"Is that black-and-white or colour?" demands Zoë Wanamaker, jabbing a finger at the photographer's camera. Then she turns to me with panic in her eyes and a nervous half-smile on her unmistakable, wide, thin mouth. "That sounded terribly aggressive, didn't it?" she says.
Ten minutes later, we're in a small meeting-room at the National Theatre to talk about her role in the smart-mouthed newspaper comedy His Girl Friday, for which she is winning rave reviews. Wanamaker's relief that her ordeal in front of the lens is over is palpable. "I hate having my picture taken," she declares emphatically and with the addition of an expletive, settling herself opposite me with her pre-packed sushi lunch. Not that she has much to worry about in the looks department. Wanamaker, 54, may not have the regular features of an obvious beauty, but her feline eyes twinkle with humour and intelligence, and her luminous skin is remarkably unlined. She's slight and sprightly, and her spiky hair is expensively highlighted. And then there's that distinctive voice - rich, warm, with a huskiness that may be partly the result of the little brown roll-ups she smokes. In conversation, her refined eloquence is seasoned with some surprisingly salty language and a wicked wit.
Wanamaker's latest return to the National - she has worked there under every artistic director since the building opened - comes hard on the heels of her success in the BBC sitcom My Family, in which she plays the middle-class mum Susan Harper opposite Robert Lindsay. "I finished filming My Family in March," she says, "and then I had about three weeks to get my act - and my life - together before starting work here. So it's all been a bit of a scramble really."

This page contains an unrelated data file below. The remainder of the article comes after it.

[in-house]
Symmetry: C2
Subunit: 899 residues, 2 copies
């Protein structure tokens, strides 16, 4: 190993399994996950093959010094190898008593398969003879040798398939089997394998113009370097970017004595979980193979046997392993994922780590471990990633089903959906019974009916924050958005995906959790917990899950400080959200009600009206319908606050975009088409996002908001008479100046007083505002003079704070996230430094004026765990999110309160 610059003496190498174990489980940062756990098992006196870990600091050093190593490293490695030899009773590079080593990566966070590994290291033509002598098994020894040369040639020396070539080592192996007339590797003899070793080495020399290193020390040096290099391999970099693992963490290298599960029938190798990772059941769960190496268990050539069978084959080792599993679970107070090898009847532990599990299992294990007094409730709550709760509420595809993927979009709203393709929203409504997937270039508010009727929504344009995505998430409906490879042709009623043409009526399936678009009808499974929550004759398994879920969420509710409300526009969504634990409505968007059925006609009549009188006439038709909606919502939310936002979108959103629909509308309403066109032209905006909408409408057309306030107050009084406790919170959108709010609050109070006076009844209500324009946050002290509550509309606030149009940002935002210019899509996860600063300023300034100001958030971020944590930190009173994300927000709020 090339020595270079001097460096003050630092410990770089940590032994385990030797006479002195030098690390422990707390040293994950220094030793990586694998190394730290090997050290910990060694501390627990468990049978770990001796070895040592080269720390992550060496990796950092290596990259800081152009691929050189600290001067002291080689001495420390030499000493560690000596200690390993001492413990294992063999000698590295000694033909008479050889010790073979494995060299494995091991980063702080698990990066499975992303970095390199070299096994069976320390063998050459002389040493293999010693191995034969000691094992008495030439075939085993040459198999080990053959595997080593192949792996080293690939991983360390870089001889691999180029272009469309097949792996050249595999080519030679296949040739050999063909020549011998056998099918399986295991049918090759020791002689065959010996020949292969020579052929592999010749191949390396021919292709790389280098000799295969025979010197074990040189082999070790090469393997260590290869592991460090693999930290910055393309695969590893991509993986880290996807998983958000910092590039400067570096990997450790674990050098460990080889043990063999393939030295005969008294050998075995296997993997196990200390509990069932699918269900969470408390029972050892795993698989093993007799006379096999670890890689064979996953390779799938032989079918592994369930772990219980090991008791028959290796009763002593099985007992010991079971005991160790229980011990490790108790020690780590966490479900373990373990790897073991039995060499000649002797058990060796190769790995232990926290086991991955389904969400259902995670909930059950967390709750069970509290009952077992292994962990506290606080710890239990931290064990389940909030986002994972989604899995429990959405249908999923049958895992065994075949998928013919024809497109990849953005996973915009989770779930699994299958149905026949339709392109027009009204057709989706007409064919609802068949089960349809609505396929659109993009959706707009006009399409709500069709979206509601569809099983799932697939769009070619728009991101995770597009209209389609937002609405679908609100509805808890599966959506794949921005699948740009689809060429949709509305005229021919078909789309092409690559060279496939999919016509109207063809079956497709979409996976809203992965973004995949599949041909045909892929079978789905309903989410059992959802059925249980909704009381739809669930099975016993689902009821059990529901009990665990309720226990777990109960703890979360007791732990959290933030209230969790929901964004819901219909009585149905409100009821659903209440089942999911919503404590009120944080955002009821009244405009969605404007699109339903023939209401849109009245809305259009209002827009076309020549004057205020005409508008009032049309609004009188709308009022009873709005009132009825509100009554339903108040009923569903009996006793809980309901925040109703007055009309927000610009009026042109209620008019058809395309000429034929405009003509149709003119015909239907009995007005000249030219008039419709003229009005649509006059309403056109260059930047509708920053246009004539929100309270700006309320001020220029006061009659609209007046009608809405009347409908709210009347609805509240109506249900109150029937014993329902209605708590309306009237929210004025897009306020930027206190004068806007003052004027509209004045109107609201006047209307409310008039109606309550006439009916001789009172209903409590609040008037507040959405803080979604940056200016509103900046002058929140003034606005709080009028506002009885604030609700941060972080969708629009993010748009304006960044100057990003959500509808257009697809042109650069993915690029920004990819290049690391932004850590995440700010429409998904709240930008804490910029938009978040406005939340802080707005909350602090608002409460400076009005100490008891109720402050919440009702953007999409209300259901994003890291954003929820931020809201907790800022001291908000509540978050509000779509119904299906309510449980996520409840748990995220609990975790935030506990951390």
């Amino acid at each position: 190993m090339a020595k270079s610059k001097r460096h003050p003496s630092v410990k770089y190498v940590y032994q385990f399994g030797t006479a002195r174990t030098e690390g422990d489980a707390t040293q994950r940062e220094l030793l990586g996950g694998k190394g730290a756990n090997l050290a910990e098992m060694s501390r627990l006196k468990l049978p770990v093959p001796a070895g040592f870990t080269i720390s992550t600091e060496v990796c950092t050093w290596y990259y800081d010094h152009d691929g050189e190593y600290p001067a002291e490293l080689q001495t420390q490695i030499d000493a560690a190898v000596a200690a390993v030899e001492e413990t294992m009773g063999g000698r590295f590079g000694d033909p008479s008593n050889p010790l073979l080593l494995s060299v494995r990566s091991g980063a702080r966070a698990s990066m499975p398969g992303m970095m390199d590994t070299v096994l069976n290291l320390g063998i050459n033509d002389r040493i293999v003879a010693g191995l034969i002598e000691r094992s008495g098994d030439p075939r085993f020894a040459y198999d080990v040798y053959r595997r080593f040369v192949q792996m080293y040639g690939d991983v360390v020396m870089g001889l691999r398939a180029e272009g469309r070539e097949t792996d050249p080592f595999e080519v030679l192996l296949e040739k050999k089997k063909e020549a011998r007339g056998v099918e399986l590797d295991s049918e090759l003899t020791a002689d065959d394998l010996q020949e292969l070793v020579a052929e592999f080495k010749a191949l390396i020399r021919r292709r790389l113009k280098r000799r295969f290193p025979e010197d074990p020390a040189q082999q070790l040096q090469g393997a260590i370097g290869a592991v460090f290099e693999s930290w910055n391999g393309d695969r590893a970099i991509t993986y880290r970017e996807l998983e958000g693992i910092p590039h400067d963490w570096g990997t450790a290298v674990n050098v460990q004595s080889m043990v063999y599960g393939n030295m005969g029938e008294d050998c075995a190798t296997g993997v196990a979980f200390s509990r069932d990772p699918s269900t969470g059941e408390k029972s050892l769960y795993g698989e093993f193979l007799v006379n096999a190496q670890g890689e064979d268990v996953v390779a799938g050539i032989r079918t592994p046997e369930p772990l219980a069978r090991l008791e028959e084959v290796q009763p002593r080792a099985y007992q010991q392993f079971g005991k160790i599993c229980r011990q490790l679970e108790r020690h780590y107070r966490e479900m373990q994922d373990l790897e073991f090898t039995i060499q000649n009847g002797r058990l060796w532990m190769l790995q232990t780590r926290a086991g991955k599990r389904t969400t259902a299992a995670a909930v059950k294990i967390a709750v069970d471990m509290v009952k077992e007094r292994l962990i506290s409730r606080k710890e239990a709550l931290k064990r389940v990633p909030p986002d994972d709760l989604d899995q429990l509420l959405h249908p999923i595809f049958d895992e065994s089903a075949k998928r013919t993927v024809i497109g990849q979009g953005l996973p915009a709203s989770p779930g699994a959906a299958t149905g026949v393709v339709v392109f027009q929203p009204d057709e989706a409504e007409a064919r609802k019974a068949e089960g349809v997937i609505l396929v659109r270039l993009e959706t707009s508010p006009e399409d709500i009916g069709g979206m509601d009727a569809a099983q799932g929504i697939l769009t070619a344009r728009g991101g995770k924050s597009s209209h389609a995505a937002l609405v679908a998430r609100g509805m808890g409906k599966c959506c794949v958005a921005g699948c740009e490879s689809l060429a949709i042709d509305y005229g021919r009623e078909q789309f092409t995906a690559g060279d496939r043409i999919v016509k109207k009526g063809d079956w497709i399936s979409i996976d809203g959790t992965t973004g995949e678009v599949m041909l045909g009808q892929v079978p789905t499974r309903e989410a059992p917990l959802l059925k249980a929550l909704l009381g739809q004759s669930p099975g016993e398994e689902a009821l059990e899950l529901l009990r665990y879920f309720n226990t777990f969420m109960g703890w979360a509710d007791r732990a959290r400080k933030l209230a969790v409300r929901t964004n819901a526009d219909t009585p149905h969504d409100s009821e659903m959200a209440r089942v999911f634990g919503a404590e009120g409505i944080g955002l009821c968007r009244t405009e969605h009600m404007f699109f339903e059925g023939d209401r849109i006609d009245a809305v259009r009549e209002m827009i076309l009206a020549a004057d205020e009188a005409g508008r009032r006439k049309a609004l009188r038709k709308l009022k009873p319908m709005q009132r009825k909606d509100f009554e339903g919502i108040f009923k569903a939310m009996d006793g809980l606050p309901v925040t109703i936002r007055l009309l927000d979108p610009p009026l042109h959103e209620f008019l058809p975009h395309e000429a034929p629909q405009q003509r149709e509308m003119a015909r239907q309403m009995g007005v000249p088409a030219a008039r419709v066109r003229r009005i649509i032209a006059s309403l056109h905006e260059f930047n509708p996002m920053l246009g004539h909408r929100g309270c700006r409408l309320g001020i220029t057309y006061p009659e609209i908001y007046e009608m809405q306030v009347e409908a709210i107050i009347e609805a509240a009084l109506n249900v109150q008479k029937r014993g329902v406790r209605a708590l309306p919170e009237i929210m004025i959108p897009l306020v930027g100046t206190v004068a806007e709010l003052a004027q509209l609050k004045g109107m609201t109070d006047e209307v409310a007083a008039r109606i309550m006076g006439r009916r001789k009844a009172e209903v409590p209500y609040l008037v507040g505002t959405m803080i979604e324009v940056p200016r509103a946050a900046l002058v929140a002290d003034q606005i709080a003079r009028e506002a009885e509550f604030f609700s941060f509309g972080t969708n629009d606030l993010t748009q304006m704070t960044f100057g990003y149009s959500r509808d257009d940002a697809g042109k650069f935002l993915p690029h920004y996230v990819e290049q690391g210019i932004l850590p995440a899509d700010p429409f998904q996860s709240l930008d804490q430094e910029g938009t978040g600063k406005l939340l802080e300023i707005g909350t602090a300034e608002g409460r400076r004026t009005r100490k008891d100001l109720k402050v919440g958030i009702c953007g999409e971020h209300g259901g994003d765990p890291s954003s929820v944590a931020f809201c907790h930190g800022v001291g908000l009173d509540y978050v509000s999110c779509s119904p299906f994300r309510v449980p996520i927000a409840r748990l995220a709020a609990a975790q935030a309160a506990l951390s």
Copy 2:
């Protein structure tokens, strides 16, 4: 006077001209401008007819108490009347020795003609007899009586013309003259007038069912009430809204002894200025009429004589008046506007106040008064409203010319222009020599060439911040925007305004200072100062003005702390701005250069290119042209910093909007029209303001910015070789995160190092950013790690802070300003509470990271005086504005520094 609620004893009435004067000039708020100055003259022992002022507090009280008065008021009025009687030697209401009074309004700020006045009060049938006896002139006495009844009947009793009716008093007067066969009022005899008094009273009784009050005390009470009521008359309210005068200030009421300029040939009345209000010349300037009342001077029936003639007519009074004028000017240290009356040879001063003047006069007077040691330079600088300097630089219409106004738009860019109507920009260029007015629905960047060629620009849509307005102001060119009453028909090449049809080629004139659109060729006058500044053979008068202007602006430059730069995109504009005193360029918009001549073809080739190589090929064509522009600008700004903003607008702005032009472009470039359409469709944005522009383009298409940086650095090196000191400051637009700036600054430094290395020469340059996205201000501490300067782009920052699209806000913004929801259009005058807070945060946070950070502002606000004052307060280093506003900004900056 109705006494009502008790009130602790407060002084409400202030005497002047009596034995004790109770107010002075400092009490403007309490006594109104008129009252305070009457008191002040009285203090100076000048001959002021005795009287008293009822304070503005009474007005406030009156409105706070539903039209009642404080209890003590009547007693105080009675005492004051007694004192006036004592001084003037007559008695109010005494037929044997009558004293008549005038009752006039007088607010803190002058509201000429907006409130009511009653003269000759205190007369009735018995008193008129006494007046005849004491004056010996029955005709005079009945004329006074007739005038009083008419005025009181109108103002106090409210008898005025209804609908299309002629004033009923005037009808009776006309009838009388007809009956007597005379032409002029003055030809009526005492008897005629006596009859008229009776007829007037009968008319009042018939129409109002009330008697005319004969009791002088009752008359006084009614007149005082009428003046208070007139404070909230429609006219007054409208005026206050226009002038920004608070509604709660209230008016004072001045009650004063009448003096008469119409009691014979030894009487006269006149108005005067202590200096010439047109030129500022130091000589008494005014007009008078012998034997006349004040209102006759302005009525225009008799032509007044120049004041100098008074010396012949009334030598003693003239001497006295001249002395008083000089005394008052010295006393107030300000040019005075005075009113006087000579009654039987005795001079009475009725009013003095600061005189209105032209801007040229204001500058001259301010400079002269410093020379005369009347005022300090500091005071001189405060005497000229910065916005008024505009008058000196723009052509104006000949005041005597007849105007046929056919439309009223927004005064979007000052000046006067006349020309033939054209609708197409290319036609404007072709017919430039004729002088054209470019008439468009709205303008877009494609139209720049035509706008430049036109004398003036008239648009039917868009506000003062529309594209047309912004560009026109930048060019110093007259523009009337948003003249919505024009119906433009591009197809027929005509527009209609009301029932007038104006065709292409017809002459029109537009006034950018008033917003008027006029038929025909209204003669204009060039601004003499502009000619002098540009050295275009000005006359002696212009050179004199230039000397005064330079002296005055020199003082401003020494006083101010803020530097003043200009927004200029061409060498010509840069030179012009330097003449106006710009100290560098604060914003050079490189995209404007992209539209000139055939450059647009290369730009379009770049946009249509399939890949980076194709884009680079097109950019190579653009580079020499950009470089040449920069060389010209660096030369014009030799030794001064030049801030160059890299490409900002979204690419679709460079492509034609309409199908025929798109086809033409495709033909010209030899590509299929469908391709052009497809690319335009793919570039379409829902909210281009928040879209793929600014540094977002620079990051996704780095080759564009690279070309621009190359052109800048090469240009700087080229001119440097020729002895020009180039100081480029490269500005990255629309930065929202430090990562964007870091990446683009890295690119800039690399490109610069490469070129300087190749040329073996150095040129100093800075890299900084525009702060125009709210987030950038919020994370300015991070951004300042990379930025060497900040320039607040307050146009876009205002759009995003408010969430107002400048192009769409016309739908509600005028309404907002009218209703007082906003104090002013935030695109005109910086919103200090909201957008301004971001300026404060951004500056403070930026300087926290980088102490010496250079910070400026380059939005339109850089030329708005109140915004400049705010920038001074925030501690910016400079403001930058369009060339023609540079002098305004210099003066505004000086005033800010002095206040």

To judge by her packed CV, maybe she likes it that way. She has worked extensively in classical theatre in the UK and on Broadway, and has appeared at leading new-writing venues such as the Royal Court and the Hampstead Theatre. Television credits include her extraordinary performance as the wife of a serial killer in the first series of Prime Suspect, the romantic drama series Love Hurts with Adam Faith and the BBC adaptation of Gormenghast, as well as four series of My Family. Nicholas Hytner, the NT's new artistic director, recently made her a National Theatre associate. It means that Wanamaker will have input into the NT's artistic policy, along with the likes of the playwrights Patrick Marber and Mark Ravenhill, the directors Declan Donnellan and Katie Mitchell and her fellow actors Simon Russell Beale, Adrian Lester, Helen Mirren and her co-star in His Girl Friday, Alex Jennings. "Some really cool people are doing it, so I feel very proud of myself," she half-jokes delightedly. "There's always a great atmosphere here. I love it."
His Girl Friday, newly adapted by the playwright John Guare, conflates Ben Hecht and Charles MacArthur's 1928 play The Front Page with the 1940 Howard Hawks movie from which Guare's version takes its name. Hawks's film, starring Cary Grant and Rosalind Russell, cranked up the sexual tension by turning The Front Page's Chicago newspaper man Hildebrand Johnson into the female ace reporter Hildy - the role Wanamaker is now tackling on stage. She says she knew before she'd even finished reading Guare's script that she wanted to do it. "I just thought - this smells good. It smells fun - and I think theatre should be fun. I mean, what's the point of being in something if you can't have a good time?" But she has had some demanding roles - surely it wasn't exactly fun playing, say, Sophocles' tragic heroine Electra? "Yes, it was. I was getting my rocks off. Excitement and adrenaline are such powerful drugs."